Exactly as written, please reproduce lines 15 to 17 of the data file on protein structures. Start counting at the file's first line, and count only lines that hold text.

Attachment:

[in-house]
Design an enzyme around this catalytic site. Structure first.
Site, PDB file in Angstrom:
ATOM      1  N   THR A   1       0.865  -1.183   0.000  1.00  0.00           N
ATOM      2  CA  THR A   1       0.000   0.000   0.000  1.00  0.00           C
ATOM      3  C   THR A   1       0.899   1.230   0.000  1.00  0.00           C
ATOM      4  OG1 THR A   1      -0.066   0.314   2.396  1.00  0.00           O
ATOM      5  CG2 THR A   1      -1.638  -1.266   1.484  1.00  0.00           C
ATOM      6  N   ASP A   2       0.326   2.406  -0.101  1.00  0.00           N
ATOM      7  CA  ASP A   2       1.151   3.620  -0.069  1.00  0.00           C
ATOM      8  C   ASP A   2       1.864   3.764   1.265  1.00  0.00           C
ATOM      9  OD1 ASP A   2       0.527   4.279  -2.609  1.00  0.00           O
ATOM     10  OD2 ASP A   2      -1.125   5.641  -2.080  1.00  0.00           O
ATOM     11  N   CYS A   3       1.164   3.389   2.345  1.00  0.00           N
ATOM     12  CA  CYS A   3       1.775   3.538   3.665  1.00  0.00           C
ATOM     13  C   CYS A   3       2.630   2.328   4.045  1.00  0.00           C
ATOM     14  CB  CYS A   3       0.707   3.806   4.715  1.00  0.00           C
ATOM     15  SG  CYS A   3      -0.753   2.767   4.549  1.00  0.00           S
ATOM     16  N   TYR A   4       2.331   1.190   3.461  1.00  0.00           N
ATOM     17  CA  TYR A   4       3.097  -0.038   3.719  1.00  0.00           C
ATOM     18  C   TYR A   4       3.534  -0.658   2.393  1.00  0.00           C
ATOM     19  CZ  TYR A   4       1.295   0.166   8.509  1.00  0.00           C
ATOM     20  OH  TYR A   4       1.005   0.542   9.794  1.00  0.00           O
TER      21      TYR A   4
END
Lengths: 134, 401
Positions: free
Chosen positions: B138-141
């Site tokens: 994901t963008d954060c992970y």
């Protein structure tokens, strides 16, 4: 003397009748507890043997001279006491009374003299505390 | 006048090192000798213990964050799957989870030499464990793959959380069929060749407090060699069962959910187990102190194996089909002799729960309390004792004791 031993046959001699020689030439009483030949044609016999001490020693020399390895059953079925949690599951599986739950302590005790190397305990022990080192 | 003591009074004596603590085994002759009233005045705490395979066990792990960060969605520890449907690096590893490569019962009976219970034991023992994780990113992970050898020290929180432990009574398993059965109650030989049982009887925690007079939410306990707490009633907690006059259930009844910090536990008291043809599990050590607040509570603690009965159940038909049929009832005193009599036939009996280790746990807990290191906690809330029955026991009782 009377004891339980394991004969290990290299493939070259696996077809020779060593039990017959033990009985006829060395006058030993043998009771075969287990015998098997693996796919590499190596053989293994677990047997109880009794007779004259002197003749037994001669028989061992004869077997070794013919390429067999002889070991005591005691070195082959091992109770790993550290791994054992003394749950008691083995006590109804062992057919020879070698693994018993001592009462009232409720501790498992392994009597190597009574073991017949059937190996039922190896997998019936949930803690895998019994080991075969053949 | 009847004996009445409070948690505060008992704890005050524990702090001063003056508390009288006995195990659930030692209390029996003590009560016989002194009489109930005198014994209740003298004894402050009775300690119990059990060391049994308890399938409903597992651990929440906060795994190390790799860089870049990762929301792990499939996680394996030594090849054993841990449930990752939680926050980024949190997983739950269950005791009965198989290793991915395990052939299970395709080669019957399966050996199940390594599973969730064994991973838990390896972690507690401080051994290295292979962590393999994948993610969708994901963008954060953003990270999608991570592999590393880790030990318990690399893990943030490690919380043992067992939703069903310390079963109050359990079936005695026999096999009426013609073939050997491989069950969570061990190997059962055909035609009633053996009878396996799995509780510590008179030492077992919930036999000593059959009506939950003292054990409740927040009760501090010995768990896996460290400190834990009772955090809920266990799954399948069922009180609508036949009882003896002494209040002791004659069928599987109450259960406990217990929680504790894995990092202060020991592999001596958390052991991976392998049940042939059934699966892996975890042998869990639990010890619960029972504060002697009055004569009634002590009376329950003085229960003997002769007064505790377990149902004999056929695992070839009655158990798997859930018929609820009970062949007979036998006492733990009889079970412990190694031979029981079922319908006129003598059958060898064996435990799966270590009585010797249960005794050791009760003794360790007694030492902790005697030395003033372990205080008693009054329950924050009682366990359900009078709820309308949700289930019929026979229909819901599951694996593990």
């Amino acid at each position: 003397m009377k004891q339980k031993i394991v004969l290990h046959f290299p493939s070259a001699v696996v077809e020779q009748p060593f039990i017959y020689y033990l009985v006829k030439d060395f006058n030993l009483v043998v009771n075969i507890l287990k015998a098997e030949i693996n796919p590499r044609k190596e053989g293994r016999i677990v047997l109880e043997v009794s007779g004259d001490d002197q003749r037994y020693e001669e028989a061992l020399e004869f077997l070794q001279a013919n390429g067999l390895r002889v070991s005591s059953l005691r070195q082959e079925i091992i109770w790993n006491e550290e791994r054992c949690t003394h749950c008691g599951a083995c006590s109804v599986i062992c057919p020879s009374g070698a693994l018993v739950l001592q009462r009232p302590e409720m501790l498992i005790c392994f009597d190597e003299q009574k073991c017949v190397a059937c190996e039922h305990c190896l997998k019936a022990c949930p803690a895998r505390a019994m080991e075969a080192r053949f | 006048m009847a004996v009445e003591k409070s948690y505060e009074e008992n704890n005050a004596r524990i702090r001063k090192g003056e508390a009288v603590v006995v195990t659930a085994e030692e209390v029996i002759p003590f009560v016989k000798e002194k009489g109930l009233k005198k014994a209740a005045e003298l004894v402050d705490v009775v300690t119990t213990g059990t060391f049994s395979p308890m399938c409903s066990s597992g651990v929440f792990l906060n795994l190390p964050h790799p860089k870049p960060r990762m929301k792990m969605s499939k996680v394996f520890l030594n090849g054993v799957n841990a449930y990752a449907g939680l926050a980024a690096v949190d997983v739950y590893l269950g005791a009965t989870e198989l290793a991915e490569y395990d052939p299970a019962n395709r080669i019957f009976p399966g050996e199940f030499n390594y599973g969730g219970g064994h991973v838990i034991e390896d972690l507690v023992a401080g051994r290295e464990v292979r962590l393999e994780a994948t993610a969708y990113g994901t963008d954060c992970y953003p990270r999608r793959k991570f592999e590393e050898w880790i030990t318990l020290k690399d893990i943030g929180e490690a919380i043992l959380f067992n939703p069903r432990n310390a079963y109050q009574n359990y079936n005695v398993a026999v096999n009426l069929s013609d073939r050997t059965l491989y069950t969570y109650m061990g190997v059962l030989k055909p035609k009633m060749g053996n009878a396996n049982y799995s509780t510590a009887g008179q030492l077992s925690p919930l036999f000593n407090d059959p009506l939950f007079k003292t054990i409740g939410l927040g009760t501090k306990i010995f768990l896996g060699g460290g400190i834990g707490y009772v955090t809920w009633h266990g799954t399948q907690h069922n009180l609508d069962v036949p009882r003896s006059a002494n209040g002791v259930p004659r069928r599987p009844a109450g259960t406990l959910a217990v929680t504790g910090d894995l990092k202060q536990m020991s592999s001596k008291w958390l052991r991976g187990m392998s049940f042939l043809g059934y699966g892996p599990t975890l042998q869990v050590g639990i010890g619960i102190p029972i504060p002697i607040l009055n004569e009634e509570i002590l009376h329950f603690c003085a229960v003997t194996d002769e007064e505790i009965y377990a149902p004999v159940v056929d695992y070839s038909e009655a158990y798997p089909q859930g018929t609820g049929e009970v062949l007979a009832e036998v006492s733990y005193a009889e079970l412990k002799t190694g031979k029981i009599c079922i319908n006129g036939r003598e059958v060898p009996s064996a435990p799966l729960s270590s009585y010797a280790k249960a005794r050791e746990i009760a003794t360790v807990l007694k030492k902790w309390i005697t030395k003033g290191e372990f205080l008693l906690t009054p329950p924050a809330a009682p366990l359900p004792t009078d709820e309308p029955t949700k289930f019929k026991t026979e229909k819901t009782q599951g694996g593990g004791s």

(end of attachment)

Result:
ATOM     12  CA  CYS A   3       1.775   3.538   3.665  1.00  0.00           C
ATOM     13  C   CYS A   3       2.630   2.328   4.045  1.00  0.00           C
ATOM     14  CB  CYS A   3       0.707   3.806   4.715  1.00  0.00           C